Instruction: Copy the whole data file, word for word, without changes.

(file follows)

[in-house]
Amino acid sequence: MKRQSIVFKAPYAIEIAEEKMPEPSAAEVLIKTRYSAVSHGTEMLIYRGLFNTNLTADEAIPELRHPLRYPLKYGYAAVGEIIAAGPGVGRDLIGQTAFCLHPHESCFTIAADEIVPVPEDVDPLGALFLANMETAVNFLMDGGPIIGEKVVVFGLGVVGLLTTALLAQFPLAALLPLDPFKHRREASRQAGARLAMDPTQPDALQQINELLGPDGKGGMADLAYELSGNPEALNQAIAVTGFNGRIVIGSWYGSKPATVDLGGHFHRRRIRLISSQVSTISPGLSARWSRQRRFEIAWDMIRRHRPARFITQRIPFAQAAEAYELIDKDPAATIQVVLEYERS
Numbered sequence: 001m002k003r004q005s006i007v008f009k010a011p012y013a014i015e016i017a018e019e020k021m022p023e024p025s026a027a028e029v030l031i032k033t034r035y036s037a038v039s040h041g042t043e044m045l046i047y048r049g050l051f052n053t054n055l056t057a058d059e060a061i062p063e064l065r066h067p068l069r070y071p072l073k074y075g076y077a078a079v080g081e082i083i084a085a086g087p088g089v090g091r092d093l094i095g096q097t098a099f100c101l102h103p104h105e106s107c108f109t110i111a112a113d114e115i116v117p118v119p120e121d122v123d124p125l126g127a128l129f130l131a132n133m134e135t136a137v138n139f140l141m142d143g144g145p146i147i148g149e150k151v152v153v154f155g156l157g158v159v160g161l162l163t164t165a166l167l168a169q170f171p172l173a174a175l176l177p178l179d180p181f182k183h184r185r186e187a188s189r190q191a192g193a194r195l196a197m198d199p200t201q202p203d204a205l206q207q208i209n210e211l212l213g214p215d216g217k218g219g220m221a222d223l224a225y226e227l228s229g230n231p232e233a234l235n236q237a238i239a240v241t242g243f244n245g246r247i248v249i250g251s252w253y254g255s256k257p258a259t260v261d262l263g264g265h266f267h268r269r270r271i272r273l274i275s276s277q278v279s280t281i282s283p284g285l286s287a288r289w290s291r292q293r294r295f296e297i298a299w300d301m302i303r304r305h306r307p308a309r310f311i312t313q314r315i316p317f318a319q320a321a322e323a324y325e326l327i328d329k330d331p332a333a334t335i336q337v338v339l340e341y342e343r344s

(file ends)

[in-house]
Amino acid sequence: MKRQSIVFKAPYAIEIAEEKMPEPSAAEVLIKTRYSAVSHGTEMLIYRGLFNTNLTADEAIPELRHPLRYPLKYGYAAVGEIIAAGPGVGRDLIGQTAFCLHPHESCFTIAADEIVPVPEDVDPLGALFLANMETAVNFLMDGGPIIGEKVVVFGLGVVGLLTTALLAQFPLAALLPLDPFKHRREASRQAGARLAMDPTQPDALQQINELLGPDGKGGMADLAYELSGNPEALNQAIAVTGFNGRIVIGSWYGSKPATVDLGGHFHRRRIRLISSQVSTISPGLSARWSRQRRFEIAWDMIRRHRPARFITQRIPFAQAAEAYELIDKDPAATIQVVLEYERS
Numbered sequence: 001m002k003r004q005s006i007v008f009k010a011p012y013a014i015e016i017a018e019e020k021m022p023e024p025s026a027a028e029v030l031i032k033t034r035y036s037a038v039s040h041g042t043e044m045l046i047y048r049g050l051f052n053t054n055l056t057a058d059e060a061i062p063e064l065r066h067p068l069r070y071p072l073k074y075g076y077a078a079v080g081e082i083i084a085a086g087p088g089v090g091r092d093l094i095g096q097t098a099f100c101l102h103p104h105e106s107c108f109t110i111a112a113d114e115i116v117p118v119p120e121d122v123d124p125l126g127a128l129f130l131a132n133m134e135t136a137v138n139f140l141m142d143g144g145p146i147i148g149e150k151v152v153v154f155g156l157g158v159v160g161l162l163t164t165a166l167l168a169q170f171p172l173a174a175l176l177p178l179d180p181f182k183h184r185r186e187a188s189r190q191a192g193a194r195l196a197m198d199p200t201q202p203d204a205l206q207q208i209n210e211l212l213g214p215d216g217k218g219g220m221a222d223l224a225y226e227l228s229g230n231p232e233a234l235n236q237a238i239a240v241t242g243f244n245g246r247i248v249i250g251s252w253y254g255s256k257p258a259t260v261d262l263g264g265h266f267h268r269r270r271i272r273l274i275s276s277q278v279s280t281i282s283p284g285l286s287a288r289w290s291r292q293r294r295f296e297i298a299w300d301m302i303r304r305h306r307p308a309r310f311i312t313q314r315i316p317f318a319q320a321a322e323a324y325e326l327i328d329k330d331p332a333a334t335i336q337v338v339l340e341y342e343r344s